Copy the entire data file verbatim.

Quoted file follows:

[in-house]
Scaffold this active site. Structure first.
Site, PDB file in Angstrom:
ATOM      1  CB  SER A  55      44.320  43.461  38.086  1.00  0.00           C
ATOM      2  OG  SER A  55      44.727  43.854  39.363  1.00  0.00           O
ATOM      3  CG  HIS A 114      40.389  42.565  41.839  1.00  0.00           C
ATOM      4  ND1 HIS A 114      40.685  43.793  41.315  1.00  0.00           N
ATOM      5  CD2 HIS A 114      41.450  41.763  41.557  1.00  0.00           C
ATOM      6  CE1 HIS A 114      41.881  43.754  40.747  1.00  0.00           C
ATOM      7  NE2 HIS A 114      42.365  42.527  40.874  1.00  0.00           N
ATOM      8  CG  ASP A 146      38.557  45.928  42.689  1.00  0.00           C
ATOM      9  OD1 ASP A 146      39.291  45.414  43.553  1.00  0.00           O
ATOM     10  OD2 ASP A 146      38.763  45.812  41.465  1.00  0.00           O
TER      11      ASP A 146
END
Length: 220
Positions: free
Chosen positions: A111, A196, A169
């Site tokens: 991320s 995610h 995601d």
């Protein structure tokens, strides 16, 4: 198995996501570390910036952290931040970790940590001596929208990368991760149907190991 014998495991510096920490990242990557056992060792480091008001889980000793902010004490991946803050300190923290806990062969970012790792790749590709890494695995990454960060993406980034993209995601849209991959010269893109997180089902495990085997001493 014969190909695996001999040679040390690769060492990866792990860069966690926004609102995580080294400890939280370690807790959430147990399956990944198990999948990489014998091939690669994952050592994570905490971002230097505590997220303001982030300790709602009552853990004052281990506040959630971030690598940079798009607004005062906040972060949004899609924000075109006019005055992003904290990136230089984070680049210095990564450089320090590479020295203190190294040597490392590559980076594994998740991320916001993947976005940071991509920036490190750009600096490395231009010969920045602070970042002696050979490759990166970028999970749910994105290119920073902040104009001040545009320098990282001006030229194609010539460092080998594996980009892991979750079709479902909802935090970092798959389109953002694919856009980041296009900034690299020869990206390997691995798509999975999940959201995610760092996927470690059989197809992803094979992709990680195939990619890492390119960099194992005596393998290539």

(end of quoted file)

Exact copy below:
[in-house]
Scaffold this active site. Structure first.
Site, PDB file in Angstrom:
ATOM      1  CB  SER A  55      44.320  43.461  38.086  1.00  0.00           C
ATOM      2  OG  SER A  55      44.727  43.854  39.363  1.00  0.00           O
ATOM      3  CG  HIS A 114      40.389  42.565  41.839  1.00  0.00           C
ATOM      4  ND1 HIS A 114      40.685  43.793  41.315  1.00  0.00           N
ATOM      5  CD2 HIS A 114      41.450  41.763  41.557  1.00  0.00           C
ATOM      6  CE1 HIS A 114      41.881  43.754  40.747  1.00  0.00           C
ATOM      7  NE2 HIS A 114      42.365  42.527  40.874  1.00  0.00           N
ATOM      8  CG  ASP A 146      38.557  45.928  42.689  1.00  0.00           C
ATOM      9  OD1 ASP A 146      39.291  45.414  43.553  1.00  0.00           O
ATOM     10  OD2 ASP A 146      38.763  45.812  41.465  1.00  0.00           O
TER      11      ASP A 146
END
Length: 220
Positions: free
Chosen positions: A111, A196, A169
């Site tokens: 991320s 995610h 995601d």
């Protein structure tokens, strides 16, 4: 198995996501570390910036952290931040970790940590001596929208990368991760149907190991 014998495991510096920490990242990557056992060792480091008001889980000793902010004490991946803050300190923290806990062969970012790792790749590709890494695995990454960060993406980034993209995601849209991959010269893109997180089902495990085997001493 014969190909695996001999040679040390690769060492990866792990860069966690926004609102995580080294400890939280370690807790959430147990399956990944198990999948990489014998091939690669994952050592994570905490971002230097505590997220303001982030300790709602009552853990004052281990506040959630971030690598940079798009607004005062906040972060949004899609924000075109006019005055992003904290990136230089984070680049210095990564450089320090590479020295203190190294040597490392590559980076594994998740991320916001993947976005940071991509920036490190750009600096490395231009010969920045602070970042002696050979490759990166970028999970749910994105290119920073902040104009001040545009320098990282001006030229194609010539460092080998594996980009892991979750079709479902909802935090970092798959389109953002694919856009980041296009900034690299020869990206390997691995798509999975999940959201995610760092996927470690059989197809992803094979992709990680195939990619890492390119960099194992005596393998290539």